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Variable and Model Selection

Once we understand what data we actually have, we need to determine what we can learn from it. What possible relationships could we study? What possible relationships should we study? What relationship will we study first? Your answers to the last two questions will depend on the overall goals of the analysis.

Why Do It?  The data may have been collected for a clearly stated purpose. Even so, there might be other interesting relationships to study that occur to you while you are analyzing the data, and which you might be tempted to investigate. However, it is important to decide in advance what you are going to do first and then to complete that task in a meticulous, organized manner. Otherwise, you will find yourself going in lots of different directions, generating lots of computer output, and becoming confused about what you have tried and what you have not tried; in short, you will drown yourself in the data. It is also at this stage that you may decide to create new variables or to reduce the number of variables in your analysis. Variables of questionable validity, variables not meaningfully related to what you want to study, and categorical variable values that do not have a sufficient number of observations should be dropped from the analysis. (See the case studies in Chapters 2 through 5 for examples of variable reduction/modification.) In the following example, we will use all the variables provided in Table 1.1.

Example  The smallest number of observations for a categorical variable is 3 for the MIS (management information systems) category of the application type (app) variable (see Example 1.2). Given that our data set contains 34 observations, I feel comfortable letting MIS be represented by three projects. No matter how many observations the database contains, I don't believe it is wise to make a judgment about something represented by less than three projects. This is my personal opinion. Ask yourself this: If the MIS category contained only one project and you found in your statistical analysis that the MIS category had a significantly higher productivity, would you then conclude that all MIS projects in the bank have a high productivity? I would not. If there were two projects, would you believe it? I would not. If there were three projects, would you believe it? Yes, I would in this case. However, if there were 3000 projects in the database, I would prefer for MIS to be represented by more than three projects. Feel free to use your own judgment.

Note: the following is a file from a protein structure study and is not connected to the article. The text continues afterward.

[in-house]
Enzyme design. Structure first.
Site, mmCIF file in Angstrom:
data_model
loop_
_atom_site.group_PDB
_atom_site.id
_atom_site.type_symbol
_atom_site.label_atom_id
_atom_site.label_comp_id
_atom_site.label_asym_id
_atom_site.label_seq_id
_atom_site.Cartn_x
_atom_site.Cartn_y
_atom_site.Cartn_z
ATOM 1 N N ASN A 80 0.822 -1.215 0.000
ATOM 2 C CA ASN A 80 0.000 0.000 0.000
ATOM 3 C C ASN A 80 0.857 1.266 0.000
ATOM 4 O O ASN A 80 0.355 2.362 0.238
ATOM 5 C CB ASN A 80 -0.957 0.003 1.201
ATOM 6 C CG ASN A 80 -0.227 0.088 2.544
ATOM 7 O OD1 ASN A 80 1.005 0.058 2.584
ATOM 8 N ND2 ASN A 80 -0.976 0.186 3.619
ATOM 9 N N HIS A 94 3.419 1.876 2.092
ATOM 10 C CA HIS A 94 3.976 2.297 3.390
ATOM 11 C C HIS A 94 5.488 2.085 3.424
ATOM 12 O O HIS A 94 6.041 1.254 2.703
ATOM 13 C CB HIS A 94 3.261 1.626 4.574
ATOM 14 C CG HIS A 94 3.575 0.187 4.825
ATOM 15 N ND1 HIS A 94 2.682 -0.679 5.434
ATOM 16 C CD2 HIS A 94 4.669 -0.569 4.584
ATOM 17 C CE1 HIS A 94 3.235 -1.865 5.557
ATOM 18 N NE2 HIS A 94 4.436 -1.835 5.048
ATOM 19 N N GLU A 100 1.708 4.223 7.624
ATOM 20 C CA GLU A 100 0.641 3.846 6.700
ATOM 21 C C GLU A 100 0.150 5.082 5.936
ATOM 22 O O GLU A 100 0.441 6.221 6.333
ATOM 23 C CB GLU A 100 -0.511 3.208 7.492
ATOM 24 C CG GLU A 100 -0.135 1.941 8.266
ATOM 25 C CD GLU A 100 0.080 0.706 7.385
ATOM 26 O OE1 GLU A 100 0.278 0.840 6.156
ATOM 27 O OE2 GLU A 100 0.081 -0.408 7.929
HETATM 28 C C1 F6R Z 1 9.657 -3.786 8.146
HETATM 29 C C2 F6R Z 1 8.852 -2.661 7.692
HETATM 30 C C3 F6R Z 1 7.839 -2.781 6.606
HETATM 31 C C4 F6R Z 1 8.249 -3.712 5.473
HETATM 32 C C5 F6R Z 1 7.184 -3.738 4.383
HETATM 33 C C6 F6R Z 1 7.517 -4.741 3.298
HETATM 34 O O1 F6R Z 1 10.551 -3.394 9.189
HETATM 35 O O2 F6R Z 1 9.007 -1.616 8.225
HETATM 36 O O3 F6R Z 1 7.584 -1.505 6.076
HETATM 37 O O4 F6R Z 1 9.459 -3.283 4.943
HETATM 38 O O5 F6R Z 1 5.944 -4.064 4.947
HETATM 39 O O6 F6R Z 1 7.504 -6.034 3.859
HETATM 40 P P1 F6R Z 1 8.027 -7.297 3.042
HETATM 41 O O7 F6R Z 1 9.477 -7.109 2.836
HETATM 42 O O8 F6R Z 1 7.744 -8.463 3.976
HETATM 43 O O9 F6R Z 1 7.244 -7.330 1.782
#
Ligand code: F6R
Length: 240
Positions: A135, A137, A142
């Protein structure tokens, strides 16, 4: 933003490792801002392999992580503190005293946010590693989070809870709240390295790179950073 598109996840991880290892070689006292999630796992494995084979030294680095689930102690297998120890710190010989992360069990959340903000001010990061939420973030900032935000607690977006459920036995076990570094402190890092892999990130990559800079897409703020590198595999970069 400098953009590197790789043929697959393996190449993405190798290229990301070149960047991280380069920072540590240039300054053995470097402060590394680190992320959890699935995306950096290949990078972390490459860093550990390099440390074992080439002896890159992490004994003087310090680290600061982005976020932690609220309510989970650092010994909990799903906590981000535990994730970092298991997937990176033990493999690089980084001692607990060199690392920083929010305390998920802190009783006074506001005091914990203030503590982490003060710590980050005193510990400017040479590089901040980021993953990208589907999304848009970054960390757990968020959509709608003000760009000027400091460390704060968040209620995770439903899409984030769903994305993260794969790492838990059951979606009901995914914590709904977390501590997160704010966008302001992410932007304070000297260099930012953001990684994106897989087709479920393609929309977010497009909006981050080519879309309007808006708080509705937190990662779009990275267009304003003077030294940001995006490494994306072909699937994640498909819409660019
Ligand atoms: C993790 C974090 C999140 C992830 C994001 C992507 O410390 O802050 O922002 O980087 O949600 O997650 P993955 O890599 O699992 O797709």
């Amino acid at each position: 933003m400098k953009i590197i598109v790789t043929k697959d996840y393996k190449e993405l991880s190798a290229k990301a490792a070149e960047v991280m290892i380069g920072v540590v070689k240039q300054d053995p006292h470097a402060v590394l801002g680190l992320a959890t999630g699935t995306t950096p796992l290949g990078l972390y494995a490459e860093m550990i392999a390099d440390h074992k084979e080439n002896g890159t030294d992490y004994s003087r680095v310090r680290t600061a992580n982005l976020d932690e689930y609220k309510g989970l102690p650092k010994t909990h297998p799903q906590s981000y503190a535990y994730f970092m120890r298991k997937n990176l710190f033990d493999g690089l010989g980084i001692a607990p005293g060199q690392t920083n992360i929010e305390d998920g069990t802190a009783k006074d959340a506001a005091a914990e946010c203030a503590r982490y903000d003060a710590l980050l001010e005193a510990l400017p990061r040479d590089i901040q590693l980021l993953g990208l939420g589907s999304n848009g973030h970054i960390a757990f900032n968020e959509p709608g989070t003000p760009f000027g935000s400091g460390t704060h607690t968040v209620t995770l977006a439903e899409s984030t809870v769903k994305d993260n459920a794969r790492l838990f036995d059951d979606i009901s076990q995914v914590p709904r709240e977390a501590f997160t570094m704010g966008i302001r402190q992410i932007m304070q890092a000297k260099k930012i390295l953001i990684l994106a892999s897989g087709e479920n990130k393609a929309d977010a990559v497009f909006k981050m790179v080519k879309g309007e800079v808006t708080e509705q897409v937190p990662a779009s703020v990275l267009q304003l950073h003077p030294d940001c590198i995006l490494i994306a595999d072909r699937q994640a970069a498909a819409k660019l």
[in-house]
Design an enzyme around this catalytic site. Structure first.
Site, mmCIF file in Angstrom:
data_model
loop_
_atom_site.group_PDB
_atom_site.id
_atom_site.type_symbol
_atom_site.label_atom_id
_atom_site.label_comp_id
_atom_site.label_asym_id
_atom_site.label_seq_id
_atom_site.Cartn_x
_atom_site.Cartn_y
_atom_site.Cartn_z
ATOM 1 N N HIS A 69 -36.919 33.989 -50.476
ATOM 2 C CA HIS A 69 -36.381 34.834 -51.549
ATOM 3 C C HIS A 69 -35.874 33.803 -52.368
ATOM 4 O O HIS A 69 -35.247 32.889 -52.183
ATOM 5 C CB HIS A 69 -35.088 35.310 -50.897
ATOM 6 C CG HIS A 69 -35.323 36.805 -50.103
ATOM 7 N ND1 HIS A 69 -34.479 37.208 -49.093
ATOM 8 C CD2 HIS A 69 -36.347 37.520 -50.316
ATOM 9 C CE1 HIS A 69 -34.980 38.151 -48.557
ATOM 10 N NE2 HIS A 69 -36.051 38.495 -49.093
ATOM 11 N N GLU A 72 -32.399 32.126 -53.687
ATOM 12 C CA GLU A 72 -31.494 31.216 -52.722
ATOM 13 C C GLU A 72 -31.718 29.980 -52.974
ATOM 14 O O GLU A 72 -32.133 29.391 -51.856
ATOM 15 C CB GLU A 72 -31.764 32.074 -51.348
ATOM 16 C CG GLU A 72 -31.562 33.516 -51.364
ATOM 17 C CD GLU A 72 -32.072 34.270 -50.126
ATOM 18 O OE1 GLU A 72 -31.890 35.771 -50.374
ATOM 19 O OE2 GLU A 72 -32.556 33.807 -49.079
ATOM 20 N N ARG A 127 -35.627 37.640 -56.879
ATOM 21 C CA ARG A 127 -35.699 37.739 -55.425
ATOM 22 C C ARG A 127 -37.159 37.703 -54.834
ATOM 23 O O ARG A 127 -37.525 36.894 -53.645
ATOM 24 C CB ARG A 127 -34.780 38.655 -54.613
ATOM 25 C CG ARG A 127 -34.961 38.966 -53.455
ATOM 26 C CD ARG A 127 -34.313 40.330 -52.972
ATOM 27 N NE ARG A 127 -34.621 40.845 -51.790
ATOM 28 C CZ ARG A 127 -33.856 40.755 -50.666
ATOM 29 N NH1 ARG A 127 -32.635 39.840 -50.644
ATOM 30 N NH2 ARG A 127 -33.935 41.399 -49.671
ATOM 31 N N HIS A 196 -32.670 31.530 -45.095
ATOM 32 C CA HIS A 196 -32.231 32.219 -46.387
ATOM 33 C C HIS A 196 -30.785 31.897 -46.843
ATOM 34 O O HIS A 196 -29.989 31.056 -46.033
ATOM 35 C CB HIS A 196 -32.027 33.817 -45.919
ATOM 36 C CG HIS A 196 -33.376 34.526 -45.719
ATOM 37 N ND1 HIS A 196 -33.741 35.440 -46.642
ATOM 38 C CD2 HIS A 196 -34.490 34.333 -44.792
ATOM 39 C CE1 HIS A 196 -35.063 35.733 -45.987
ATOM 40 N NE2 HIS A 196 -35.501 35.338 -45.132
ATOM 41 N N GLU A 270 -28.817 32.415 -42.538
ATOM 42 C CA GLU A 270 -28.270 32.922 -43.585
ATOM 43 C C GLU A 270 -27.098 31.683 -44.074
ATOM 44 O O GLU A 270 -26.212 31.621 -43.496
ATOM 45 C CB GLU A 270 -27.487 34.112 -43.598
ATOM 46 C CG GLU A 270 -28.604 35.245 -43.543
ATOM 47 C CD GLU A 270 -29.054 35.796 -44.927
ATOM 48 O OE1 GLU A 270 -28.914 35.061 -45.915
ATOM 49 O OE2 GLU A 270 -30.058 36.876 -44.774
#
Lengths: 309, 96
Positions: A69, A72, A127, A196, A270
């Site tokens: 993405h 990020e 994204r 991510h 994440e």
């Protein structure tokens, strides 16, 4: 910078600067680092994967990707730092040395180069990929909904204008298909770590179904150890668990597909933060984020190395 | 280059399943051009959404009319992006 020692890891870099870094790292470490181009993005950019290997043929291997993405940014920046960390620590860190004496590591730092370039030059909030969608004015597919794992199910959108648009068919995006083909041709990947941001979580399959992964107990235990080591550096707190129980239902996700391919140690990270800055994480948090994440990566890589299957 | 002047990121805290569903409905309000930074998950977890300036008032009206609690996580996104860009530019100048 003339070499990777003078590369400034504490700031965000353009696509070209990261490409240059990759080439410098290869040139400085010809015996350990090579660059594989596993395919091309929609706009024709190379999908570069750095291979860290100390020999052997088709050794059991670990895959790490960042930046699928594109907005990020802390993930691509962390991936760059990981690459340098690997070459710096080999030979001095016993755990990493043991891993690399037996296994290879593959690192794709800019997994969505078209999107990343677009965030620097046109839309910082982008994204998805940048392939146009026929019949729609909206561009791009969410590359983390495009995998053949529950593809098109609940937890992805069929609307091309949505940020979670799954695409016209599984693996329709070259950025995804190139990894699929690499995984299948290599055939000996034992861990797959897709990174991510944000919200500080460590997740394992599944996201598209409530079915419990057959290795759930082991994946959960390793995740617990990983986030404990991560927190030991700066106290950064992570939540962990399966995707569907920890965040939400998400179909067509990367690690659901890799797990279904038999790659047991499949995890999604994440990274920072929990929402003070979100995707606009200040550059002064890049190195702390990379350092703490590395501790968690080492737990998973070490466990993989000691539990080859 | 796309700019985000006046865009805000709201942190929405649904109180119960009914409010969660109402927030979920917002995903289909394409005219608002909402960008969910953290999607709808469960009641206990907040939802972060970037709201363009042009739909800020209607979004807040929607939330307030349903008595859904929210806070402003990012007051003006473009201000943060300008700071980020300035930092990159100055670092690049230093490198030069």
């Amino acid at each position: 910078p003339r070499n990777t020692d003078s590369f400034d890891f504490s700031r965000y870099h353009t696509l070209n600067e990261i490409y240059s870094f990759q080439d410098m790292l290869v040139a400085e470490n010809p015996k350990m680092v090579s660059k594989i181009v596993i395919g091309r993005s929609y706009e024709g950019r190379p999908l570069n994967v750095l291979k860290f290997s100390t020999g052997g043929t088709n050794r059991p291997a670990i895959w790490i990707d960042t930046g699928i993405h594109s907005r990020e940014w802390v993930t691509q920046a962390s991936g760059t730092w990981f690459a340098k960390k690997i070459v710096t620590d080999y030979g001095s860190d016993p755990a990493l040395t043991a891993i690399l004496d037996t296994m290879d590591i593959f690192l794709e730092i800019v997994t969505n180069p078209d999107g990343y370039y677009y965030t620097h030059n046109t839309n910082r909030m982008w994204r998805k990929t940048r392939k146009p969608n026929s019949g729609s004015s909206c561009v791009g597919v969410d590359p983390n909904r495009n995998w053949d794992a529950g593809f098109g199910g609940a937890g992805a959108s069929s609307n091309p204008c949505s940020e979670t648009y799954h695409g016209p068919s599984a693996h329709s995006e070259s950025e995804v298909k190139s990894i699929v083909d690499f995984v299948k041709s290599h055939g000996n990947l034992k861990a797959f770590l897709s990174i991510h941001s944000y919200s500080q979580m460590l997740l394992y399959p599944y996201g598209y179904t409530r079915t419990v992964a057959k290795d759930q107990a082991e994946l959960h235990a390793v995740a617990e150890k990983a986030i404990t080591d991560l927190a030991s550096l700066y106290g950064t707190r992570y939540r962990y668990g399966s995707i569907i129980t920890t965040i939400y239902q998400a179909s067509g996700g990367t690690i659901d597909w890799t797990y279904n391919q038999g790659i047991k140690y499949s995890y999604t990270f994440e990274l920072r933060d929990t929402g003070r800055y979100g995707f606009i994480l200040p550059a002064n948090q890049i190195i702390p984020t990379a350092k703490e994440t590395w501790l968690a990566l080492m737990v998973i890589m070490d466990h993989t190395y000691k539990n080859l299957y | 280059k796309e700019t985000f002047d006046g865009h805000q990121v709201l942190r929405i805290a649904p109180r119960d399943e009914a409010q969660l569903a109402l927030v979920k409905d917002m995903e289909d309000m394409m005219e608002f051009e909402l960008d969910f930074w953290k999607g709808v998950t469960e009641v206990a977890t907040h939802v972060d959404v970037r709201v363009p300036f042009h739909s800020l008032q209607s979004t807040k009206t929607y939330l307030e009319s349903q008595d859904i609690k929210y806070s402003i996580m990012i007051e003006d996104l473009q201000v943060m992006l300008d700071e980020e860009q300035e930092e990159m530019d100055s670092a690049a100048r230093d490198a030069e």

Even with this small sample of software project data, we could investigate a number of relationships. We could investigate if any of the factors collected influenced software development effort. Or we could find out which factors influenced software development productivity (i.e., size/effort). We could also look at the relationship between application size (size) and Telon use (telonuse), between size and application type (app), or between application type (app) and staff application knowledge (t13), just to name a few more possibilities. In this example, we will focus on determining which factors affect effort. That is, do size, application type (app), Telon use (telonuse), staff application knowledge (t13), staff tool skills (t14), or a combination of these factors have an impact on effort? Is effort a function of these variables? Mathematically speaking, does:

effort = f (size, app, telonuse, t13, t14)?

In this equation, effort is on the left-hand side (LHS) and the other variables are on the right-hand side (RHS). We refer to the LHS variable as the dependent variable and the RHS variables as independent variables.

What to Watch Out For

  • To develop a predictive model, make sure that the independent variables are all factors that you know or can predict with reasonable accuracy in advance.

  • Category values with less than three observations should be dropped from any multi-variable analysis.

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